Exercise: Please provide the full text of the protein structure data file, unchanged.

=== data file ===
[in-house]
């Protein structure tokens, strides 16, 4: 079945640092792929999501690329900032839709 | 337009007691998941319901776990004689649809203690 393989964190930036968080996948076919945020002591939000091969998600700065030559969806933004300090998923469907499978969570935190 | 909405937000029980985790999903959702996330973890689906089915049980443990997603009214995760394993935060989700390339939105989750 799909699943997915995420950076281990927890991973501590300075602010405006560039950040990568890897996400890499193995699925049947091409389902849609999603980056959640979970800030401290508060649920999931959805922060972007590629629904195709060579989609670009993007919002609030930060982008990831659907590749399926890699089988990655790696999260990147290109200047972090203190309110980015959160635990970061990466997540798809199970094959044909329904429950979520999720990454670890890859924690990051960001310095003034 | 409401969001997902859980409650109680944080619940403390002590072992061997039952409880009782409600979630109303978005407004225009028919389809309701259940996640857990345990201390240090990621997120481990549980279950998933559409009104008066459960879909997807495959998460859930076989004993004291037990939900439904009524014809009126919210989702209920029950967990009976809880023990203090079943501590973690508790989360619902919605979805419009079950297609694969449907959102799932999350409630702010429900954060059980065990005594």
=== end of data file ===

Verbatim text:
[in-house]
């Protein structure tokens, strides 16, 4: 079945640092792929999501690329900032839709 | 337009007691998941319901776990004689649809203690 393989964190930036968080996948076919945020002591939000091969998600700065030559969806933004300090998923469907499978969570935190 | 909405937000029980985790999903959702996330973890689906089915049980443990997603009214995760394993935060989700390339939105989750 799909699943997915995420950076281990927890991973501590300075602010405006560039950040990568890897996400890499193995699925049947091409389902849609999603980056959640979970800030401290508060649920999931959805922060972007590629629904195709060579989609670009993007919002609030930060982008990831659907590749399926890699089988990655790696999260990147290109200047972090203190309110980015959160635990970061990466997540798809199970094959044909329904429950979520999720990454670890890859924690990051960001310095003034 | 409401969001997902859980409650109680944080619940403390002590072992061997039952409880009782409600979630109303978005407004225009028919389809309701259940996640857990345990201390240090990621997120481990549980279950998933559409009104008066459960879909997807495959998460859930076989004993004291037990939900439904009524014809009126919210989702209920029950967990009976809880023990203090079943501590973690508790989360619902919605979805419009079950297609694969449907959102799932999350409630702010429900954060059980065990005594």